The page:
Wednesday, February 29, 2012

Slightly inspired by artificial deadlines

It's Day 29 of the Picture Book Marathon (which I signed up for on Feb. 1st). The goal was to have 26 picture books finished by the end of the day. My count (as of 11:11 a.m.)? Three nearly complete books, and ideas and/or outlines for another 12 or so.

After some hesitation on that first day, I began to feel hope and inspiration, actually letting myself believe that I was going to not only come up with 26 manuscripts, but that I was going to sell many of them. Nine days in, that hope hadn't entirely vanished despite not having completed a single book—I met a writer friend for lunch halfway between here and West Virginia, where we brainstormed together for an hour.

The beginning of such efforts always feels like the start of a love affair—there's an almost tingly sensation of playfulness and life-changing opportunity. And then comes the hard work, whether paying a mortgage, or creating a conflict-filled plot.

I got really, unexpectedly busy this month, so the PBM became less and less of a priority. If it had been a real deadline with consequences (i.e., money or stigma) attached, I would have found a way to make it a priority. But I knew, deep down, that it was an artificial deadline and that it really didn't matter if I came up with 26 books in a month.

Yet, without this artificial deadline, I probably wouldn't have made myself come up with ideas for so many picture books, nor would I have attempted to write down some of the stories I used to spontaneously make up for my kids at bedtime (e.g., "Cleo, Secret Empress of the Cats").

So, I don't have 26 books completed (although I still have another 12 hours or so...), but I do have a list of ideas to work on—and I got to see my friend, Mary, for the first time in six months.

Monday, February 13, 2012

The little pieces of paper that mark our days

I am in the midst of filing this year's FAFSA for I-guy's college funding and so, today, I am going through the little pieces of paper that are stuffed inside the shelves of my computer desk. Because of this, I know that I went to the eye doctor on Dec. 13th, ate Thai food on Jan. 26th, and bought books on Jan. 9th.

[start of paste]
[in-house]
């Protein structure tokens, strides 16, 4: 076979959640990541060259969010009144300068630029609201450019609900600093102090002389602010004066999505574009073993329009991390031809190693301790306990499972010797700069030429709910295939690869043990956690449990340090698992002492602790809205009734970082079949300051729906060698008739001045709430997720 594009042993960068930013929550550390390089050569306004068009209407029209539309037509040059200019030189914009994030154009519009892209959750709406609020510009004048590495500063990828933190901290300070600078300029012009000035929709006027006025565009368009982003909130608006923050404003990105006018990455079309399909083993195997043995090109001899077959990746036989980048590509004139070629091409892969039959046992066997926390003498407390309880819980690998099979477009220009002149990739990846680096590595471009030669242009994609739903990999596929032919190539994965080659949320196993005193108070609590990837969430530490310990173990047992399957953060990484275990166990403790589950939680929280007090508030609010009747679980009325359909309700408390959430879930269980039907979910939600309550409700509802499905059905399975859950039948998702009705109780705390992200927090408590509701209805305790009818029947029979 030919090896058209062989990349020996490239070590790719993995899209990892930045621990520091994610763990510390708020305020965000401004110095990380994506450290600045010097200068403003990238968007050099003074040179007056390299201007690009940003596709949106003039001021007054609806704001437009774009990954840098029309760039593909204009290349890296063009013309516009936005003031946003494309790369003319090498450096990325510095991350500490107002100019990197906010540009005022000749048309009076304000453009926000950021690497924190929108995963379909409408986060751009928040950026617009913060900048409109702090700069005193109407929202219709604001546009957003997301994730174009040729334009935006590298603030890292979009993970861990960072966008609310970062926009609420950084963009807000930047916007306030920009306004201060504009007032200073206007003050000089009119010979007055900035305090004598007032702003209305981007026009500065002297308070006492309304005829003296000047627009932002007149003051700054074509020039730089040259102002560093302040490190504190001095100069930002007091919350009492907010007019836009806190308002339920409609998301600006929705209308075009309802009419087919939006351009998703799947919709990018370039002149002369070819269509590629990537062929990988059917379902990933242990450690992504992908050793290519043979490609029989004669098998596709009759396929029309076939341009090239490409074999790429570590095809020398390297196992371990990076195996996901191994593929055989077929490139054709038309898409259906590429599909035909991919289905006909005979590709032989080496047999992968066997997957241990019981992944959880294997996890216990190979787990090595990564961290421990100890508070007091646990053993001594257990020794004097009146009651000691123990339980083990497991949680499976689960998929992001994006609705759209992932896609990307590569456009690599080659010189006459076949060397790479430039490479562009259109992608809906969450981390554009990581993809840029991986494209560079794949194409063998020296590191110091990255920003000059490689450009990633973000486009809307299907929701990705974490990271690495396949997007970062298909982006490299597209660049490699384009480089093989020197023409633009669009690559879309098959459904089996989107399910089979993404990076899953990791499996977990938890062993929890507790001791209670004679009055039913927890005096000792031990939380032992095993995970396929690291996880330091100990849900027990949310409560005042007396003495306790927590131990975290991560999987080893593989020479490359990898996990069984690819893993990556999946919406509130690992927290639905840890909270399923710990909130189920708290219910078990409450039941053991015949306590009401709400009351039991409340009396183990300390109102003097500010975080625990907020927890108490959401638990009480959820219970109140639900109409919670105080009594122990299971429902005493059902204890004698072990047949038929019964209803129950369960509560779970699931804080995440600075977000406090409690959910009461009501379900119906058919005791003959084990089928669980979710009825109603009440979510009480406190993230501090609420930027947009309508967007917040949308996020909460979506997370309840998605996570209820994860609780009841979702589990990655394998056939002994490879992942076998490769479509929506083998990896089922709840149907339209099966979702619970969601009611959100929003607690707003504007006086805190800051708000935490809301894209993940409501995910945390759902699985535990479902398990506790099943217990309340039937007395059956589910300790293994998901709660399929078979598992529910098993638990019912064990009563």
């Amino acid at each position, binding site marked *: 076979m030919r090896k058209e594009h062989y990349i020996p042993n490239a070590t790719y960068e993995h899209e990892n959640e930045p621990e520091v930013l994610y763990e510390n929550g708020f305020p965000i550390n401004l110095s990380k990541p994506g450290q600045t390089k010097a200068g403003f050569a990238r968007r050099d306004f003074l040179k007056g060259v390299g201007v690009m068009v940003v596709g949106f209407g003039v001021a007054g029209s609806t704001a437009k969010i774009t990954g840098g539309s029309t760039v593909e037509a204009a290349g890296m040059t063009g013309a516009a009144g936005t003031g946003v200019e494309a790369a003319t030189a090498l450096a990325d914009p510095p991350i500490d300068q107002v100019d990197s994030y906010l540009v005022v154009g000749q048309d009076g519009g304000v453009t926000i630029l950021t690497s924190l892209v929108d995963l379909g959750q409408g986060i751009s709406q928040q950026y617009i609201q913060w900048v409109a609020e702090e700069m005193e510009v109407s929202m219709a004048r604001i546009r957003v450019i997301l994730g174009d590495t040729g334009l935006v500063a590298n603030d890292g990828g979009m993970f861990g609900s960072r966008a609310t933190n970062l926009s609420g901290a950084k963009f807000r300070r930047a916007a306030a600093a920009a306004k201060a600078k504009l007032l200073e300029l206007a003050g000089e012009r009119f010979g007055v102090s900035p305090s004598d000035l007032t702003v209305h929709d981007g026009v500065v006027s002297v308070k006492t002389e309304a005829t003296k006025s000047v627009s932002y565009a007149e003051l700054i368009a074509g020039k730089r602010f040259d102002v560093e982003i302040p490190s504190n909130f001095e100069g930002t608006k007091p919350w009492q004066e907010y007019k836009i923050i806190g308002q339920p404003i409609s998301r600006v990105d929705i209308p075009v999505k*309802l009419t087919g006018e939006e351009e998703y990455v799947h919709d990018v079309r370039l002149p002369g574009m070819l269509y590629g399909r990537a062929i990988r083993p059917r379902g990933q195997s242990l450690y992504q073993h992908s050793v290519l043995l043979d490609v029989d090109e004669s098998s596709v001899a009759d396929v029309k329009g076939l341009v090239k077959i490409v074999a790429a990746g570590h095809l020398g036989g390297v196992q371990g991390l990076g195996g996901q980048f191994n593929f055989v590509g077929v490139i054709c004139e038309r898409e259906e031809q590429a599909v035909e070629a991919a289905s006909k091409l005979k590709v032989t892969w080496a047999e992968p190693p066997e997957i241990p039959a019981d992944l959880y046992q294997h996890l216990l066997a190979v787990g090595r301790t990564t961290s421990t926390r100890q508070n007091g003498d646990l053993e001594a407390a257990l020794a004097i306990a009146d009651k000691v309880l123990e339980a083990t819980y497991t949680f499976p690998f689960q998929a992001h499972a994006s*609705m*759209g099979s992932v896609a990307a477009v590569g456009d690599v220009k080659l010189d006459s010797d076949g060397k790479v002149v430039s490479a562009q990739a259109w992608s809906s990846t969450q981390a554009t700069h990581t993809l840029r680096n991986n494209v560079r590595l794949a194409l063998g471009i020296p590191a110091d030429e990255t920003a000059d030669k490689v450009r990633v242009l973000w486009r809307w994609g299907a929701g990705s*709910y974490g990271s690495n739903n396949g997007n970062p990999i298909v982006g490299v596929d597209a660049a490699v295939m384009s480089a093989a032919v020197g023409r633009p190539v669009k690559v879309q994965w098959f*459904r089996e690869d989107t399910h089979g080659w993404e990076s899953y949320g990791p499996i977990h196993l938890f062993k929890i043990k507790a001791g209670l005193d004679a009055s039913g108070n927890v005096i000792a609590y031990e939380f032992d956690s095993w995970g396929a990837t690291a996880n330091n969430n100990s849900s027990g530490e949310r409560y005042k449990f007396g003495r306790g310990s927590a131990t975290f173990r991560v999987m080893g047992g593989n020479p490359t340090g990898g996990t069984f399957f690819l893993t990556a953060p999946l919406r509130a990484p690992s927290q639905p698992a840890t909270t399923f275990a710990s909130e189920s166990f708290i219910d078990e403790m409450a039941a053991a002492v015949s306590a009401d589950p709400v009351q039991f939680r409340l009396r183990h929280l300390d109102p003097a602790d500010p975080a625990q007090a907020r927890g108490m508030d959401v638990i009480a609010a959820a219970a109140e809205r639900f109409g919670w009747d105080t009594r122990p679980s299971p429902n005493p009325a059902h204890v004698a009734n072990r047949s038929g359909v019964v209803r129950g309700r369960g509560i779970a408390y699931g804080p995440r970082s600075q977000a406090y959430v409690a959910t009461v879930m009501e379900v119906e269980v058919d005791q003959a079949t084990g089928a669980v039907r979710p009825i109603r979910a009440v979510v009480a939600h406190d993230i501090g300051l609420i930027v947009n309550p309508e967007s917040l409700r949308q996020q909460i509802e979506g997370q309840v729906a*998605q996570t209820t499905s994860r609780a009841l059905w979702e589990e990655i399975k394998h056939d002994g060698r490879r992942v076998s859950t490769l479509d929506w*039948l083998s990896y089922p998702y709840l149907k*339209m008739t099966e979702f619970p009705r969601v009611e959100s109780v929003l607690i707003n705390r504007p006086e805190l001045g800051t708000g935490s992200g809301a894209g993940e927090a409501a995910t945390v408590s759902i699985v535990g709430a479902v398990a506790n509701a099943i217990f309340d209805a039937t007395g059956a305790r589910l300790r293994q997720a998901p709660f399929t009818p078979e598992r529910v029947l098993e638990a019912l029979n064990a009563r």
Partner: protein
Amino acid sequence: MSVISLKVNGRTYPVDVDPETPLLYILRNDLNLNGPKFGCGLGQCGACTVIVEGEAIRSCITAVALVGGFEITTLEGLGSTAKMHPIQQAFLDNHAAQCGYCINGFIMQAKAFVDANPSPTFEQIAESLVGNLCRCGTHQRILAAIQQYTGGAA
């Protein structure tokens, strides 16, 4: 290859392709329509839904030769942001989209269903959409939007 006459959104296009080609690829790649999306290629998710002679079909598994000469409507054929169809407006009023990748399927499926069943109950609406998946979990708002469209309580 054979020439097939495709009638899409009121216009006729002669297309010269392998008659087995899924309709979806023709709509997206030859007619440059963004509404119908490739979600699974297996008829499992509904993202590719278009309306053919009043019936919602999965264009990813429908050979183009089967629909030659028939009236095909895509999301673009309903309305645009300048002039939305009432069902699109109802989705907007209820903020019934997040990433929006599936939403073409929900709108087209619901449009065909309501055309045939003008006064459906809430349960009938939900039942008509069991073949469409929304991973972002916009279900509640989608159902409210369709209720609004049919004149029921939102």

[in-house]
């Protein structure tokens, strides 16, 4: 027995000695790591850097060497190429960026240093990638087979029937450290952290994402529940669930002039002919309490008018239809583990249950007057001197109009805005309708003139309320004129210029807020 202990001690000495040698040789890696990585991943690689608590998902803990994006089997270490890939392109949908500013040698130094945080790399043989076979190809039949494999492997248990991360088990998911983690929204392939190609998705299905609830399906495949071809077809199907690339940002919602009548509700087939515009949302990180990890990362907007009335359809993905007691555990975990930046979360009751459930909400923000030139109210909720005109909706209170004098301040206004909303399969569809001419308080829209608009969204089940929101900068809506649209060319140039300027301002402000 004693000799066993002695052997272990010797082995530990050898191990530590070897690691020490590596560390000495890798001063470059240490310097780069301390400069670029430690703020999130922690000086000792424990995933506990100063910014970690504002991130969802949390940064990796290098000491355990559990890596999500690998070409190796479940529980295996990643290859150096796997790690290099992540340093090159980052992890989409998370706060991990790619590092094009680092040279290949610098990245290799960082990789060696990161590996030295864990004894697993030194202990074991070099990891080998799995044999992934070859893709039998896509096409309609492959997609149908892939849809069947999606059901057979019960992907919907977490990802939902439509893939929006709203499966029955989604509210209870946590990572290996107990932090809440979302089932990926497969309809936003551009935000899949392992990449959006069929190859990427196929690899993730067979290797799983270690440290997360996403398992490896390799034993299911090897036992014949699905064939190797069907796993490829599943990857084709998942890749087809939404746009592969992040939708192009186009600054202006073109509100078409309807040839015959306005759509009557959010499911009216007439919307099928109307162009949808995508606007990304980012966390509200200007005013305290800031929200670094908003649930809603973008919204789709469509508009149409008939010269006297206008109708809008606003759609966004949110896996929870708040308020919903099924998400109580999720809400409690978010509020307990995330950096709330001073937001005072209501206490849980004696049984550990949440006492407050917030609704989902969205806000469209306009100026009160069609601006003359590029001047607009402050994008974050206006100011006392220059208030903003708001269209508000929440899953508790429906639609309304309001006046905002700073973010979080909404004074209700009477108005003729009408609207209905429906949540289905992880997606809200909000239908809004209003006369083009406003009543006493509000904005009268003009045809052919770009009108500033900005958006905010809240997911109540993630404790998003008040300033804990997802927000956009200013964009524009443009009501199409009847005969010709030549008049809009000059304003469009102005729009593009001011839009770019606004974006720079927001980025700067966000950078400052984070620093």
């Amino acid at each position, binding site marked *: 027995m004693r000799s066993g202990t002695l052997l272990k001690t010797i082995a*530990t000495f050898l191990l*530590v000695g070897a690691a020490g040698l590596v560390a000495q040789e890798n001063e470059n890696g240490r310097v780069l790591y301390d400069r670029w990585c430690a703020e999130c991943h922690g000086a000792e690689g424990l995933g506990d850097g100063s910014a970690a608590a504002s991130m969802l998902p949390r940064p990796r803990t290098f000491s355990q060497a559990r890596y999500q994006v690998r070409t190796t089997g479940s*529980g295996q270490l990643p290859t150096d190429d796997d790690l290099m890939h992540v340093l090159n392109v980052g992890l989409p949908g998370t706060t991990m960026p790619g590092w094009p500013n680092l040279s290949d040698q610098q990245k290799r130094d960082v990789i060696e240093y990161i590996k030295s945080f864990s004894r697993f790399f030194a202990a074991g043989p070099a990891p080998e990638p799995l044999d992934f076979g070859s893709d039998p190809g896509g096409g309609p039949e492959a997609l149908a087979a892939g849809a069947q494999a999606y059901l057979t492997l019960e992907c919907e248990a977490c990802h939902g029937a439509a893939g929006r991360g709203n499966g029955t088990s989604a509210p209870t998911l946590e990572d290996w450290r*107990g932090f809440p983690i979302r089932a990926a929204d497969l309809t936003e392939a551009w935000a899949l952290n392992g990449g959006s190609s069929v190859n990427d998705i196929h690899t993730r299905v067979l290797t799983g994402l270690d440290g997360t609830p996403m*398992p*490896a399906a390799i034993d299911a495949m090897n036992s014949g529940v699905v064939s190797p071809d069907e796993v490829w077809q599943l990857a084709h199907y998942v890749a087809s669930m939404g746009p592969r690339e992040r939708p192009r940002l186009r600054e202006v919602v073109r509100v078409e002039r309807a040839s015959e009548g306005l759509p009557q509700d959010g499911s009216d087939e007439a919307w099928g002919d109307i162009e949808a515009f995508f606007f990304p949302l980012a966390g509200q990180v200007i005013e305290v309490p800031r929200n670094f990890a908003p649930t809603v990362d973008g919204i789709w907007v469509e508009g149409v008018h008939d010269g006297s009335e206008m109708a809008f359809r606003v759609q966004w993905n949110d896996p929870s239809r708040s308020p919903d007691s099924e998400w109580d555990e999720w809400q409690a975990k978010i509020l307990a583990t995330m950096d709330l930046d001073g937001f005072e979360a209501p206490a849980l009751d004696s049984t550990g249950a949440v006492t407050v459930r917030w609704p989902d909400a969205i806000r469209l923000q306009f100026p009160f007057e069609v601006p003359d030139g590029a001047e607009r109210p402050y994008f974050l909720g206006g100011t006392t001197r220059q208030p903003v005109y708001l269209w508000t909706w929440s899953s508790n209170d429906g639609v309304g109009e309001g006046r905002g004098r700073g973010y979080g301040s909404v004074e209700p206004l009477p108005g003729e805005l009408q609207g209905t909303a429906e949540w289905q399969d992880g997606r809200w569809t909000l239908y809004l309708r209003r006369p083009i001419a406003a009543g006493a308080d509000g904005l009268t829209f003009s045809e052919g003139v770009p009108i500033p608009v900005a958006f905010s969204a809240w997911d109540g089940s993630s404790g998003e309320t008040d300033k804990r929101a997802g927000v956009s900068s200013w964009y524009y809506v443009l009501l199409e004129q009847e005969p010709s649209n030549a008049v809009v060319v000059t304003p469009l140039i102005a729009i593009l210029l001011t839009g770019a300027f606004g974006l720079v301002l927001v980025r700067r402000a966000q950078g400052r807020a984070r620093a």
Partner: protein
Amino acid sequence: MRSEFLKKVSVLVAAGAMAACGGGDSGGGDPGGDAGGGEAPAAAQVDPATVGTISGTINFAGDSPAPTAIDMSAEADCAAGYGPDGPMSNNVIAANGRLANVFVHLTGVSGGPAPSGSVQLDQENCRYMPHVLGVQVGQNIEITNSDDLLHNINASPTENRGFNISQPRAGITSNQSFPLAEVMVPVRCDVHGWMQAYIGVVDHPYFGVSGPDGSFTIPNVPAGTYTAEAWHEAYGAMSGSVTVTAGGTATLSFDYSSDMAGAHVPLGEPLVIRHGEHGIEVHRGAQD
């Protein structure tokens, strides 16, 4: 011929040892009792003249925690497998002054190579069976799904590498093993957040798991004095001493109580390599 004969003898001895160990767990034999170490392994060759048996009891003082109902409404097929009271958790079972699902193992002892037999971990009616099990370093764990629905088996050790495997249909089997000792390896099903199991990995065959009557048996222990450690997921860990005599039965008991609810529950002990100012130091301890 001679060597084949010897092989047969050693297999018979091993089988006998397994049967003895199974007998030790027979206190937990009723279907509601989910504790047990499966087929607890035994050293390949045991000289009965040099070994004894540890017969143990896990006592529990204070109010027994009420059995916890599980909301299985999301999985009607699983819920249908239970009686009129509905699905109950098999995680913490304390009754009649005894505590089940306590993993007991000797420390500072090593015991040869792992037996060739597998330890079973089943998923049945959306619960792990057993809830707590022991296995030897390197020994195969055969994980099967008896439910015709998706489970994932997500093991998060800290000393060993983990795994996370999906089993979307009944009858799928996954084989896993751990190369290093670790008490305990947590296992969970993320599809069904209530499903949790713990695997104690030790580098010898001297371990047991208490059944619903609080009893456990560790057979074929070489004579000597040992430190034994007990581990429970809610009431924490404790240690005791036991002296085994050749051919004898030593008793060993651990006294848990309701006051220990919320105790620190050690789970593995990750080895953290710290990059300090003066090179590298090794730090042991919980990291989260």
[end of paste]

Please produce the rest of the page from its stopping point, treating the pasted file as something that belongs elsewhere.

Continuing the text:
It is a bit like being an archeologist of my own life. But the only activities I have engaged in, which can be discovered this way, are the mere purchasing of things. Many of those days were otherwise unrecorded—skipped entries in my journal, blank squares on my paper calendar.

Where hunter-gatherers from long ago might have left behind spears and knives as evidence of their activities, I have only credit card receipts...tossed into a plastic bag, headed anonymously (I hope) to the dump.

The irony is that I don't even enjoy shopping all that much. I purchase what I need—whether groceries, hand lotion, or jeans—and then dash home, not lingering over all that I could potentially own. What did I do on the days that I didn't eat out, or buy food, or pay for eyeglasses? Those hours are unmarked, gone except in receding memory.

That is why artists create, seizing the moment and wrestling with what would have been silence, invisibility.

Wednesday, February 1, 2012

The Picture Book Marathon begins

I signed up for the Picture Book Marathon, pledging to write 26 picture books in February, because I thought it would be fun to delve into a new format, especially since I have no realistic plan to seek publication for anything that comes out of this. I figured it would be a good exercise to write with both simple visuals and a specific audience in mind.

So this morning, the first day of the Marathon, I set aside 15 minutes to start scribbling something down. The contest suggests coming up only with a very rough 32-page draft each day, which could be only 32 sentences for the simplest picture book.

But for the first time in my life I have writer's block (which is why I am writing this blog post instead). It's not just that my mind has suddenly gone blank—I actually feel nervous and sweaty. I can't make myself commit anything to paper.

I thought writing for young children would be the simplest kind of writing possible. What is overwhelming is not how little I need to write to make one small book, but all the thousands of words and descriptions I must cut out to get there.

My inner critic is like a fussy child, displeased with any of the ideas I hand her, throwing them all in the thrash before they're even unwrapped.